HIV CDR Guidance for Health Departments

Cluster detection and response (CDR) identifies communities affected by rapid HIV transmission. Health departments and their partners then aim to address gaps in prevention and care at individual, network, and systems levels. This guidance describes actions that all health departments can take to develop capacity, engage key partners, and successfully implement CDR activities.

Many people contributed to the development of this guidance, including:

  • Staff from CDC, the Health Resources and Services Administration (HRSA), the U.S. Department of Housing and Urban Development (HUD), and National Institutes of Health (NIH)
  • Staff from state and local health departments
  • Members of the HIV CDR community implementation partners panel

CDC continues to work with partners to identify best CDR practices and will update the guidance regularly.

We have many tools to diagnose, treat, and prevent HIV, but sometimes these services don’t reach people who need them most. HIV CDR allows public health professionals to identify and respond to rapid HIV transmission. Responding includes identifying and closing gaps in prevention and care services for affected communities. Because rapid transmission can affect people beyond the identified cluster, responding at the individual, network, and systems levels is important.

Clusters are a sign of rapid transmission

An HIV cluster or outbreak refers to rapid HIV transmission among people in a sexual or drug-using network. This can occur because communities have limited or no access to HIV prevention and care services. Stigma, discrimination, racism, poverty, and other social and structural factors all contribute to limiting access to these services. Health departments, community-based organizations (CBOs), and other partners use CDR to address these service gaps and improve health equity.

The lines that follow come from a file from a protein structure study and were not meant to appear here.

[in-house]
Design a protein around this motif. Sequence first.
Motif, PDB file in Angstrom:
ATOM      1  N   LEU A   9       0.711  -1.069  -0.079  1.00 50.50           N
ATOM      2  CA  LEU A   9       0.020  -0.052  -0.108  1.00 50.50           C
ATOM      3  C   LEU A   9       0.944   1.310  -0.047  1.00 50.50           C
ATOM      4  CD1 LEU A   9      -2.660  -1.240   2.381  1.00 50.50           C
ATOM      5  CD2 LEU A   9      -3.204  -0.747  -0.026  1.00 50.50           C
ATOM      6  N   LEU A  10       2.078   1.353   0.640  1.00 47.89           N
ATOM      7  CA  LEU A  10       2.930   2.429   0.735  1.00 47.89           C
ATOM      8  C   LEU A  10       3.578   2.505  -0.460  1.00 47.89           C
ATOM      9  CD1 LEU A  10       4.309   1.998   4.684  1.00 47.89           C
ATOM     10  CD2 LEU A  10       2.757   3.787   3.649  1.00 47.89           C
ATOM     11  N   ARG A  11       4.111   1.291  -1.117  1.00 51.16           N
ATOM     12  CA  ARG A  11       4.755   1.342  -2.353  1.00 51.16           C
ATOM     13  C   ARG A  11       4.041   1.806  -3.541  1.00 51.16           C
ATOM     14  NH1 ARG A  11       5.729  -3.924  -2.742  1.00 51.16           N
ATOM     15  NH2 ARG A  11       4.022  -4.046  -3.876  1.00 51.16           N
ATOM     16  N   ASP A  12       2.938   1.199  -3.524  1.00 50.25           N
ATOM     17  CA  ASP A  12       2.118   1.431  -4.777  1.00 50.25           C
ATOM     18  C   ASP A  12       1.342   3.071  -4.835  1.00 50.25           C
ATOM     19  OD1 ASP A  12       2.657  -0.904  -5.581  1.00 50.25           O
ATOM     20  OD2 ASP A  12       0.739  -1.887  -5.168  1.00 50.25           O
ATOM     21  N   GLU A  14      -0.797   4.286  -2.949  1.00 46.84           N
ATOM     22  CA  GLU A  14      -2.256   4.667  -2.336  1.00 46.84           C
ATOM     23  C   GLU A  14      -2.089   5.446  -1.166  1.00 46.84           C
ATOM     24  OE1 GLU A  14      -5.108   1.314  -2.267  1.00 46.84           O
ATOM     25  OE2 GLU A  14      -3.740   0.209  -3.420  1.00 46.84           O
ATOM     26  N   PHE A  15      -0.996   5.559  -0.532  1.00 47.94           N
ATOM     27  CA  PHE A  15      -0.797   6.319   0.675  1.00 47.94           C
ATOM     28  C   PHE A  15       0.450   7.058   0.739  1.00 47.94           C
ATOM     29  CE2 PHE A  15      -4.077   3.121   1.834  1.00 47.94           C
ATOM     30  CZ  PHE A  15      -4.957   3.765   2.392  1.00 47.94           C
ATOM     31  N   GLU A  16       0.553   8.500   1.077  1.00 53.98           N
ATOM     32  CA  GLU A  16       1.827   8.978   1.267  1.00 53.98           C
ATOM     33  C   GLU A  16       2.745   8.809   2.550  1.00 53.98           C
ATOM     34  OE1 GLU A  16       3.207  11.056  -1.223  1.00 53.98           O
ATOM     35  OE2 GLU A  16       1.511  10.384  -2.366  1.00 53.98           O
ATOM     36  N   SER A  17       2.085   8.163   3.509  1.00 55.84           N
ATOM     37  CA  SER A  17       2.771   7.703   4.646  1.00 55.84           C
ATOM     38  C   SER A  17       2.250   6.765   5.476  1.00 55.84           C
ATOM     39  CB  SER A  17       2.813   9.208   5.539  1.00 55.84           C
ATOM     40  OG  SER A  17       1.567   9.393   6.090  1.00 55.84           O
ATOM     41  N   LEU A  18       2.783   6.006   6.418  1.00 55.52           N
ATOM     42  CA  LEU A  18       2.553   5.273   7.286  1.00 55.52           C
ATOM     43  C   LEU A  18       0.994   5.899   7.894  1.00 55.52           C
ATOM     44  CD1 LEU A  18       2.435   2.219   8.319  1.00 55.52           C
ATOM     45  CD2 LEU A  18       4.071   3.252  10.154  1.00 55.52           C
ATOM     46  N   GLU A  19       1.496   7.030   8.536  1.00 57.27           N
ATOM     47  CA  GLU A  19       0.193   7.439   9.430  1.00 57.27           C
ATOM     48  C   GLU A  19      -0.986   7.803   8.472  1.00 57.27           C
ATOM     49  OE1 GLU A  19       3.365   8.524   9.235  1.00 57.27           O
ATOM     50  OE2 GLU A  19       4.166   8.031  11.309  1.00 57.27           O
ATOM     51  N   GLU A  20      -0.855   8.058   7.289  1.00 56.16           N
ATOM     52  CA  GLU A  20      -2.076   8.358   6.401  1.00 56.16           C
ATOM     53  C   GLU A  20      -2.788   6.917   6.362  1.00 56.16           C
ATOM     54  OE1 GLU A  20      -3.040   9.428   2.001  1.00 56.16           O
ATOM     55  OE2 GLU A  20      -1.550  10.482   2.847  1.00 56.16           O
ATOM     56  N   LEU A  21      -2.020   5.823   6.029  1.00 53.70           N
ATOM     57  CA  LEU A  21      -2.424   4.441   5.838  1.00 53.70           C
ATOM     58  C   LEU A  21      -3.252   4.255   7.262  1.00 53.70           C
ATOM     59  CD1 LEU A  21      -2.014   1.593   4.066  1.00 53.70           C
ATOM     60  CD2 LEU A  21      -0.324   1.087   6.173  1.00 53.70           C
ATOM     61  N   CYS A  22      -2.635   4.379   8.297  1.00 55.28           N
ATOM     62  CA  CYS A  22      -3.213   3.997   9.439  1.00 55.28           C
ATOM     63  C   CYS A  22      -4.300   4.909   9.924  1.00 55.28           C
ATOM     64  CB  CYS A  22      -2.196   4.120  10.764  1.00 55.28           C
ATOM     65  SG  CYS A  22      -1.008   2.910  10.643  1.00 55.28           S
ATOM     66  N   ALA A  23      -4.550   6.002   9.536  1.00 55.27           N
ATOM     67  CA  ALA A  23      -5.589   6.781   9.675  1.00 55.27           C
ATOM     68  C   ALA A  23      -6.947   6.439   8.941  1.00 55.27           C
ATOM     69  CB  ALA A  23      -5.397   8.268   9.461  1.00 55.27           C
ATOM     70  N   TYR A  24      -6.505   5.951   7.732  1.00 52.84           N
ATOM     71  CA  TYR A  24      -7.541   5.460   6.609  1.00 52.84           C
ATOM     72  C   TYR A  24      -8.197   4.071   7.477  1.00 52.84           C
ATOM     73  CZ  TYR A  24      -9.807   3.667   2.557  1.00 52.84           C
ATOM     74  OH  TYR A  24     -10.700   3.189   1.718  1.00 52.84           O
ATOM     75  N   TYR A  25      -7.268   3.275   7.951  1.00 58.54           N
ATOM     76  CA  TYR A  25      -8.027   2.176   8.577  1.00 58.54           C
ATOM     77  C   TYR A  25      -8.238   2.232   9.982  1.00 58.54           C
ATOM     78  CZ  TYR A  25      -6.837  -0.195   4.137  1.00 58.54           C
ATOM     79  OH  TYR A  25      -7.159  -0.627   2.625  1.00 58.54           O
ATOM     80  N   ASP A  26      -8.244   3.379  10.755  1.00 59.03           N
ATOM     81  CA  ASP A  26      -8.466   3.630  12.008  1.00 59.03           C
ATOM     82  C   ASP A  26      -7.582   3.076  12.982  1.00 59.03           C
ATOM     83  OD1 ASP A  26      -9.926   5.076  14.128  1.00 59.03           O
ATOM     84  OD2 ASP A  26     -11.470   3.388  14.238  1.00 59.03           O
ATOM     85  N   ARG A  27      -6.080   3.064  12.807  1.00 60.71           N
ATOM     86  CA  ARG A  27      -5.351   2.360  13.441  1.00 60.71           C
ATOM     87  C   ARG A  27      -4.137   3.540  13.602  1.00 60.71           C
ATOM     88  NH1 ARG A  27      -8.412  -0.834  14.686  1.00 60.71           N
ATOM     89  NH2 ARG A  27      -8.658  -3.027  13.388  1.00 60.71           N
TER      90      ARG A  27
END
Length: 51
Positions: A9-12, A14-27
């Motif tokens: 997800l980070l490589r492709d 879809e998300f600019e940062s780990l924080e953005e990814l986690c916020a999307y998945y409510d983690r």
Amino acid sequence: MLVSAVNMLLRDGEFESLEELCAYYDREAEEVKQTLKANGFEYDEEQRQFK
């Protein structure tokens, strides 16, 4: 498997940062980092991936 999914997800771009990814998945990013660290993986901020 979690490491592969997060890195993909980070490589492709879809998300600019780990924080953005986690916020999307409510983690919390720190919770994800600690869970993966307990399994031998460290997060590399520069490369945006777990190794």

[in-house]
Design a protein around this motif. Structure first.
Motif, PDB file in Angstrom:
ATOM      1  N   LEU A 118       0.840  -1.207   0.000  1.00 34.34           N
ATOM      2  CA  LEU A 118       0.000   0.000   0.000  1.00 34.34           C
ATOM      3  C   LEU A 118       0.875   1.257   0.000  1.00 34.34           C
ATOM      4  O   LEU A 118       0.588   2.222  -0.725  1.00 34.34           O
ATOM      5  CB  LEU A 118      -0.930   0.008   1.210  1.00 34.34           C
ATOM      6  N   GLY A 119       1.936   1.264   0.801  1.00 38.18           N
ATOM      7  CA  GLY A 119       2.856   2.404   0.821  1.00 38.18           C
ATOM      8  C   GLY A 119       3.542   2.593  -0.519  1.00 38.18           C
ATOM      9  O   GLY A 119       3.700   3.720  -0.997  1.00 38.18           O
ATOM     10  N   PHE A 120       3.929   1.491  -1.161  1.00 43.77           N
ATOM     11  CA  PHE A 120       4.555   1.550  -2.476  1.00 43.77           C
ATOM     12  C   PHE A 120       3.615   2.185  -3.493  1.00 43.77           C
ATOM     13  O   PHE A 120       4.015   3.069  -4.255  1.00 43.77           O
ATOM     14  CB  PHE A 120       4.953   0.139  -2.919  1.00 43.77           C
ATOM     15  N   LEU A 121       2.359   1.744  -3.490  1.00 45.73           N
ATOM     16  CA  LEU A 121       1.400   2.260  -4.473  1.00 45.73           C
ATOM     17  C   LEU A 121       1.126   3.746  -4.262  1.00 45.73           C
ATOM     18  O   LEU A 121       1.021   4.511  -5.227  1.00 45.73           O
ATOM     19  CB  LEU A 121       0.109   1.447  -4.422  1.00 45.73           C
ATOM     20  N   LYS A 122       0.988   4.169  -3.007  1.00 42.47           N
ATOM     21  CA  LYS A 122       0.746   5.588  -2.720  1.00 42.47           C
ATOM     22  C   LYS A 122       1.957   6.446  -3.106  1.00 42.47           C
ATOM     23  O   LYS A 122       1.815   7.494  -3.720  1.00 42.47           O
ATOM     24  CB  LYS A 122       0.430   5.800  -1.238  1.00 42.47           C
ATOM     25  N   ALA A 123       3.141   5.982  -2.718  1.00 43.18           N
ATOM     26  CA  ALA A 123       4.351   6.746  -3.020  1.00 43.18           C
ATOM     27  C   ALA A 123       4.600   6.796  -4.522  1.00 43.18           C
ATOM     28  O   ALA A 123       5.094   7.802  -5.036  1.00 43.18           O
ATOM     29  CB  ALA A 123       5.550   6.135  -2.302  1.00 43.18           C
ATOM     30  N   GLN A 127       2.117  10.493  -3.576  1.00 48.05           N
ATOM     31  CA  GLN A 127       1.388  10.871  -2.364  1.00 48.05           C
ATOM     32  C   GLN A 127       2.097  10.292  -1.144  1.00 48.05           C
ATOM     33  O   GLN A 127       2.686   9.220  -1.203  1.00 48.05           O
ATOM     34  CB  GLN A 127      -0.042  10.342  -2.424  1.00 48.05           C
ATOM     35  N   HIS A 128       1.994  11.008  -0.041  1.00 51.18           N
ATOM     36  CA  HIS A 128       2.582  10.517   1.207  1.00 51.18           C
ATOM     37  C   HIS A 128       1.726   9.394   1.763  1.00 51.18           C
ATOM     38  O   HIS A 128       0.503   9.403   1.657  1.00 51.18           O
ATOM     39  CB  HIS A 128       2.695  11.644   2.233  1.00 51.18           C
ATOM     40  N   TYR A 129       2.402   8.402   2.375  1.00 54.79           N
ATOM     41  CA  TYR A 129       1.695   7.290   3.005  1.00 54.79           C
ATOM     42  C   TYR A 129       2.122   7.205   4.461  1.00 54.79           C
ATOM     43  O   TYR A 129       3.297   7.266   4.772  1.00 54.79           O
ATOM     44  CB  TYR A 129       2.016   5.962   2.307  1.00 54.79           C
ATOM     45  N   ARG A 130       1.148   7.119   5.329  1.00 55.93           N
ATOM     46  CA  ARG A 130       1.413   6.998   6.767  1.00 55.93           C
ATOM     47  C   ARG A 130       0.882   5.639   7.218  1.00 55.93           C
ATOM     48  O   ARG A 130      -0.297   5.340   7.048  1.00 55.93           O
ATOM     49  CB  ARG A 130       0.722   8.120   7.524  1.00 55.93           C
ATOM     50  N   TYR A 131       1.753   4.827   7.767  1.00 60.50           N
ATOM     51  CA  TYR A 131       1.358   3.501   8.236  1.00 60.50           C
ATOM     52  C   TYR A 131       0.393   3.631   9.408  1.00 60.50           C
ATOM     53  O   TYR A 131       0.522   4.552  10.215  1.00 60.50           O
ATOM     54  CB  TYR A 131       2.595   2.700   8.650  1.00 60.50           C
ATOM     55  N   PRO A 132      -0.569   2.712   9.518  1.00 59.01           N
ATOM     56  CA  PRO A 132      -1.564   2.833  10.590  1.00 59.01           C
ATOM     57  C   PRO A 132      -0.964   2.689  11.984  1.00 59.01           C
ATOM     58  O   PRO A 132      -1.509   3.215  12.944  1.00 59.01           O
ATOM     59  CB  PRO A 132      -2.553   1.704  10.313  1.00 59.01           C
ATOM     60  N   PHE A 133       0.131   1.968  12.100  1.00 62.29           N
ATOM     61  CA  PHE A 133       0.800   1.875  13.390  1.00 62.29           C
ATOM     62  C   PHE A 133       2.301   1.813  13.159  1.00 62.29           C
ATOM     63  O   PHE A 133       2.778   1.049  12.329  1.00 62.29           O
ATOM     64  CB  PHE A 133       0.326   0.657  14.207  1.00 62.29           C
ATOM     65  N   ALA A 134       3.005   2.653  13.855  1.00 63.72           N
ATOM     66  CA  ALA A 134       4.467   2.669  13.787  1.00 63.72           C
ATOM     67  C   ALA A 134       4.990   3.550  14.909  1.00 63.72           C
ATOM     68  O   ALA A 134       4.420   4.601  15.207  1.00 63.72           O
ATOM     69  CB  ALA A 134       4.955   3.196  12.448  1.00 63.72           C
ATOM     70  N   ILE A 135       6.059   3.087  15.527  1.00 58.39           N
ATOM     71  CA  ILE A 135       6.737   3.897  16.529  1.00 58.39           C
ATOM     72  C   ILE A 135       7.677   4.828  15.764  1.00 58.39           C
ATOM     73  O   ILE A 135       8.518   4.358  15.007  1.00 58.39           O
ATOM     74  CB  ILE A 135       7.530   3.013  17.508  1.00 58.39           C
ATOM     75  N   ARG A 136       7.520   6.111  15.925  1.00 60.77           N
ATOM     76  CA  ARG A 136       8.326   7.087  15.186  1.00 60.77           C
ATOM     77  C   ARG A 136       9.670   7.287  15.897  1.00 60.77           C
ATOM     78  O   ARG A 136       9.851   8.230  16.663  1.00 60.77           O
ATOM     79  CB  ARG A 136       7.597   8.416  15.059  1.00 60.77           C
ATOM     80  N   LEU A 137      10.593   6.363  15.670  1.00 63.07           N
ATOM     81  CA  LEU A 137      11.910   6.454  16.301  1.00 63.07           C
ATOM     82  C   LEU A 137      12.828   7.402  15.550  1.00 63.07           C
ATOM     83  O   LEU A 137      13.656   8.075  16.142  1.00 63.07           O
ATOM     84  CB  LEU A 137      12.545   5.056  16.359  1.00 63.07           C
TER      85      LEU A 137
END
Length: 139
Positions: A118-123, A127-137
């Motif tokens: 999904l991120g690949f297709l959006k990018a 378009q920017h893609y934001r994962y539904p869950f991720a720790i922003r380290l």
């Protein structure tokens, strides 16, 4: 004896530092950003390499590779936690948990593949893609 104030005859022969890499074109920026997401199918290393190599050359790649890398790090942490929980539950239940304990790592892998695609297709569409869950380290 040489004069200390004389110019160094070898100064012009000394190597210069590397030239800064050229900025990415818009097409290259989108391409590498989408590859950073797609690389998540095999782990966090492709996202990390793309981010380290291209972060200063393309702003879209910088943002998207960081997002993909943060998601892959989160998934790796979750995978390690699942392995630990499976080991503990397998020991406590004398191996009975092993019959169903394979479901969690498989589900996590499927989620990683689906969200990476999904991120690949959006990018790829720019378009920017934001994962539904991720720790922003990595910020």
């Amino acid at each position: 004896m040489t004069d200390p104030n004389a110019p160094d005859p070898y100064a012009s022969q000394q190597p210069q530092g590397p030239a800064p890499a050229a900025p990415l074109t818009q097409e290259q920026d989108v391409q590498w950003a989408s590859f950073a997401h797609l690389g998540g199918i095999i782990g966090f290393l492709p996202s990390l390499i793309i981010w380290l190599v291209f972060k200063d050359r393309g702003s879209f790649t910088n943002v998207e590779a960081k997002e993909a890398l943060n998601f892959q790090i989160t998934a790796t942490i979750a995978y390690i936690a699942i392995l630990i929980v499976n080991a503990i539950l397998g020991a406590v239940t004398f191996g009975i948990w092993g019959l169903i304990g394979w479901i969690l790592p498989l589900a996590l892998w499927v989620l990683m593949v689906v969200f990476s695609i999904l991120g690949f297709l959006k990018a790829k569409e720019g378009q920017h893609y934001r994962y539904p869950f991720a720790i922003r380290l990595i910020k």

Prioritizing response to HIV clusters is important because clusters have very rapid transmission. For example:

  • Transmission rates in molecular clusters average 8-11 times the national rate.
  • Some clusters and outbreaks have had transmission rates more than 30 times the national rate.
  • Rapidly growing clusters contribute disproportionately to future transmission.

People in detected clusters are only part of the network affected by rapid transmission

For CDR activities, “network” refers to the people in an HIV cluster and those with whom they have sex or share drugs, who may or may not have HIV. Some people with HIV can be in the network, even if they weren’t part of the initially detected cluster. People without HIV in the same sexual or drug-using networks are also considered part of the larger network.

Responding to clusters at individual, network, and systems levels

Because the network experiencing rapid transmission extends beyond the detected cluster, health departments should work to understand the network. Health departments can then address gaps in prevention and care at the individual, network, and systems levels. See Cluster Investigation and Response for examples of these activities.